Still, Lewis is finding plenty to get excited about with the baby on the way.

“I kind of had my first Mother’s Day,” Lewis told LPGA.com last week. “It puts golf into perspective. It makes those bad days not seem so bad. It helps me sleep better at night. We are just really excited.”

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Rose hasn't visited restroom at Colonial - here's why

By Nick MentaMay 27, 2018, 12:20 am

In case you're unaware, it's pretty hot in Texas.

Temperatures at Colonial Country Club have approached 100 degrees this week, leaving players to battle both the golf course and potential dehydration.

With the help of his caddie Mark Fulcher, Fort Worth Invitational leader Justin Rose has been plenty hot himself, staking himself to a four-shot lead.


Full-field scores from the Fort Worth Invitational

Fort Worth Invitational: Articles, photos and videos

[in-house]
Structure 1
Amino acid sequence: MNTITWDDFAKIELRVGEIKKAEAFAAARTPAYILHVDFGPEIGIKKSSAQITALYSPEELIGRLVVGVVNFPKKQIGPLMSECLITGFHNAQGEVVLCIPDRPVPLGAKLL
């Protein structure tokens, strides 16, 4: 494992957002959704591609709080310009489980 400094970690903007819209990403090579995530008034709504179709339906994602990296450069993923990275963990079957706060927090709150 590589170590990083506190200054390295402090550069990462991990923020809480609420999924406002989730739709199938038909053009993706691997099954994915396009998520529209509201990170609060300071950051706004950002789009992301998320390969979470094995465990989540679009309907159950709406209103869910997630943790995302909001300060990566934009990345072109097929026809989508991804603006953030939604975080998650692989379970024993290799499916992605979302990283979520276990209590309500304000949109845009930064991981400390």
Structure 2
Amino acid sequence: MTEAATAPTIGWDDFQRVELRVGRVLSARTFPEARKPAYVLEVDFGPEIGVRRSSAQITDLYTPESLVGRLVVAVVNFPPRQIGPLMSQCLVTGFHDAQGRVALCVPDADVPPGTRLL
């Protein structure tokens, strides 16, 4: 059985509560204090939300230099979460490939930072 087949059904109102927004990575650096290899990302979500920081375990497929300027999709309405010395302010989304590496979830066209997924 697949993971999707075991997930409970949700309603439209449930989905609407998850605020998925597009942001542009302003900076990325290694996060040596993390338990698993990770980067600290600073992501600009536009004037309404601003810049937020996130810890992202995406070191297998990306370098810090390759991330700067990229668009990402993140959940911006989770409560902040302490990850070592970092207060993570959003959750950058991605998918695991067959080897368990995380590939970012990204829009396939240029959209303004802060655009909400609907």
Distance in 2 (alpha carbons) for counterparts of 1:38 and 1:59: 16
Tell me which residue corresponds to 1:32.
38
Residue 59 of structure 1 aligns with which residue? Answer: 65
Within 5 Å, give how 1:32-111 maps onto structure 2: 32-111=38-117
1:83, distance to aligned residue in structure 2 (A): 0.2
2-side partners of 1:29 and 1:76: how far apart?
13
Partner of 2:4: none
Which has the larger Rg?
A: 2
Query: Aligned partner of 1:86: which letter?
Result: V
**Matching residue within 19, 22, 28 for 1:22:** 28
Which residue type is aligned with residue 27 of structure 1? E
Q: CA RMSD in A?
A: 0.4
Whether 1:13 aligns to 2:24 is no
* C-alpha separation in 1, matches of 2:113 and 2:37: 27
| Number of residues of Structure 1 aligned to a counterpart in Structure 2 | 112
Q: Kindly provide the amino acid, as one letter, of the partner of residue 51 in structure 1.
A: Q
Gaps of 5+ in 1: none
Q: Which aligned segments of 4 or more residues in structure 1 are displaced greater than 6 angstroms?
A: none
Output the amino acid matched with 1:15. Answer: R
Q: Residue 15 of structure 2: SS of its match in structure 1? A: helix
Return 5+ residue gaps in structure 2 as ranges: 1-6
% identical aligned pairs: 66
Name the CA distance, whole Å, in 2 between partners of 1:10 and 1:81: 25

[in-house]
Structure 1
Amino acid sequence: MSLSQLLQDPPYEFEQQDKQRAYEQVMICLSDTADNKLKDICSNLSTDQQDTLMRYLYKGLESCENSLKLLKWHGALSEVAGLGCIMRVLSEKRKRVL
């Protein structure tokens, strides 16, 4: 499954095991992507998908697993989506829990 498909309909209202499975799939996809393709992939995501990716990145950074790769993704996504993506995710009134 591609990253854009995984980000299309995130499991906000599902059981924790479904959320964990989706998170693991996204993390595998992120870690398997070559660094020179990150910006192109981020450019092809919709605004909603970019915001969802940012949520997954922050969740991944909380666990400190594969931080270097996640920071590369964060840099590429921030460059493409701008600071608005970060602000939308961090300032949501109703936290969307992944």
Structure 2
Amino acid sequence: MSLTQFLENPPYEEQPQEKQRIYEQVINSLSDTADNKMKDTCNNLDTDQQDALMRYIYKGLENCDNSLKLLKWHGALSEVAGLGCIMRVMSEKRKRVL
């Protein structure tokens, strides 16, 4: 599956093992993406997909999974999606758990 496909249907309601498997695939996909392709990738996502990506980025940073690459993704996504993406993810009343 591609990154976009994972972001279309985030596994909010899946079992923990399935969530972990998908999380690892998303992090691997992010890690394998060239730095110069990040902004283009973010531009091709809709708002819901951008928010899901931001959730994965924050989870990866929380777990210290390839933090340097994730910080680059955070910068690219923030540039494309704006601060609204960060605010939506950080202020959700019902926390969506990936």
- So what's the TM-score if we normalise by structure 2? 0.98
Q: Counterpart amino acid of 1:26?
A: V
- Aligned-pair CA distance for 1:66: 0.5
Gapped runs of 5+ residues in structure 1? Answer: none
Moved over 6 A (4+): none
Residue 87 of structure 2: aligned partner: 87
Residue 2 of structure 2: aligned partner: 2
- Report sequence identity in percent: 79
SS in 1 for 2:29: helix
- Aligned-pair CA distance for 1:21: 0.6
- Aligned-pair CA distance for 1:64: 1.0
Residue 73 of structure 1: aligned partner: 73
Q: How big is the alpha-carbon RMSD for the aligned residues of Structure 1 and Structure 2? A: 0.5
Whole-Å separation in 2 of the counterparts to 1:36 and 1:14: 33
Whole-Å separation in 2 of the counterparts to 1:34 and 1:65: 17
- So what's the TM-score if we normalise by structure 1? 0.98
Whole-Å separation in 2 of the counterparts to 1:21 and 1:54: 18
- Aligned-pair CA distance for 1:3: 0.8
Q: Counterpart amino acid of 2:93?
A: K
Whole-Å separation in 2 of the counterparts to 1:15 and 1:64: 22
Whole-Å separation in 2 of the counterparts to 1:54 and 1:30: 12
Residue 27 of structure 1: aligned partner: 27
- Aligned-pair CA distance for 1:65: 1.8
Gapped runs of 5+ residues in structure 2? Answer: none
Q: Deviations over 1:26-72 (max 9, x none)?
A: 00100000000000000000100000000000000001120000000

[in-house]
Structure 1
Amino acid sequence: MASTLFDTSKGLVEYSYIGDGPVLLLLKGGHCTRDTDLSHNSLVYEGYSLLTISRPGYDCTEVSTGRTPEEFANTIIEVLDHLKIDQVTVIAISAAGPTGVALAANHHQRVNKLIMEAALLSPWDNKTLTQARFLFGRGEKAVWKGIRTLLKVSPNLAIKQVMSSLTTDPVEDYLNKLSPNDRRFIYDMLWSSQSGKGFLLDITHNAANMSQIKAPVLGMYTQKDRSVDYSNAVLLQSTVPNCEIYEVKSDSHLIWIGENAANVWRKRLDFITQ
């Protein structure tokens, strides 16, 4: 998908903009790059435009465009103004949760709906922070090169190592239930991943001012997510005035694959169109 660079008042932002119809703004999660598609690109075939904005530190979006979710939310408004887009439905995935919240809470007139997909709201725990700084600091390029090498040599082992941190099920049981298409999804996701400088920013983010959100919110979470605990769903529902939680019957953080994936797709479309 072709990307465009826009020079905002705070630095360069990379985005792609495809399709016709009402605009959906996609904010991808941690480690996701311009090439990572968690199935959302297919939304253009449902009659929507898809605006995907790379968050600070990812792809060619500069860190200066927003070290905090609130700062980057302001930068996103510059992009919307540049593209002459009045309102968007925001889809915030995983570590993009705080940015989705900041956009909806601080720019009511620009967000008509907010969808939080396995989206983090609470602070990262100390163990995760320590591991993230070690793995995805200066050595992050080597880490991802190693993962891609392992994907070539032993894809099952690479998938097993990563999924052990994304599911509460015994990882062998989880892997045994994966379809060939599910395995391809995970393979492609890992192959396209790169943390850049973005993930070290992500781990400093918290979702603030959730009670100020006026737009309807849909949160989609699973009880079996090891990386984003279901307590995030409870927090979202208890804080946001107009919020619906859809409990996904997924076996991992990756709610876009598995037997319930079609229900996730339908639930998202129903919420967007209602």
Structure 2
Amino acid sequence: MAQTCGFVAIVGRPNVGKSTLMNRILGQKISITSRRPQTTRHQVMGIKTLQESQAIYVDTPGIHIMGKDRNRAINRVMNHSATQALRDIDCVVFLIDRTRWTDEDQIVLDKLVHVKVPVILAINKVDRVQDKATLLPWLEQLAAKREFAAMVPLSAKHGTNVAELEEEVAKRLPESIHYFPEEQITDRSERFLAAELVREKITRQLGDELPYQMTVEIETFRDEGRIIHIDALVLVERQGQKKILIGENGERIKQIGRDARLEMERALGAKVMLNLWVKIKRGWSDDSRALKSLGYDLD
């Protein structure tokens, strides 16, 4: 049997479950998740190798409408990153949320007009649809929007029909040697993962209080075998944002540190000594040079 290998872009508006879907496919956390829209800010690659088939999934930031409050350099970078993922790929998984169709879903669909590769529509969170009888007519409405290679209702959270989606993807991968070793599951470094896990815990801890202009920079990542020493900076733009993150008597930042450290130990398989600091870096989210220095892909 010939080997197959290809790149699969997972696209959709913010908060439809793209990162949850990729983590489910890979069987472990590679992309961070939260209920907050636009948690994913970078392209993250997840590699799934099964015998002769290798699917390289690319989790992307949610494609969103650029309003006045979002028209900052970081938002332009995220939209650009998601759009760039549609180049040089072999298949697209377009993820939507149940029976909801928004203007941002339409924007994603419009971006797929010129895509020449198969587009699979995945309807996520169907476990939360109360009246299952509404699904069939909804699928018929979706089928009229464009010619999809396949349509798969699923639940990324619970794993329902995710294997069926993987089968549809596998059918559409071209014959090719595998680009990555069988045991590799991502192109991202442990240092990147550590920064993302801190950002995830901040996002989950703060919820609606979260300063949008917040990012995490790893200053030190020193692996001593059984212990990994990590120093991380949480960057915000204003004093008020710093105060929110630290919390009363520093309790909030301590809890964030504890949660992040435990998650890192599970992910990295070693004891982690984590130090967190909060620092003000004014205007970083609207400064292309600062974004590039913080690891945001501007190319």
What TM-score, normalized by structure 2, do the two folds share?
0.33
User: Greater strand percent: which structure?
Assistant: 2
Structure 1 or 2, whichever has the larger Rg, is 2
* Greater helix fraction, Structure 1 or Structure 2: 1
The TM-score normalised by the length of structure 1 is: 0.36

"Yeah, Fulch has done a great job of just literally handing me water bottle after water bottle. It seems relentless, to be honest with you," Rose said Saturday.

So just how much are players sweating the heat at Colonial? Well, it doesn't sound like all that water is making it all the way through Rose.

"I haven't even seen the inside of a restroom yet, so you can't even drink quick enough out there," he shared.

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Up four, Rose knows a lead can slip away

By Nick MentaMay 26, 2018, 11:21 pm

Up four shots heading into Sunday at the Fort Worth Invitational, Justin Rose has tied the largest 54-hole lead of his PGA Tour career.

On the previous two occasions he took a 54-hole Tour lead into the final round, he closed.

And yet, Rose knows just how quickly a lead can slip away. After all, it was Rose who erased a six-shot deficit earlier this season to overtake Dustin Johnson and win the WGC-HSBC Championship.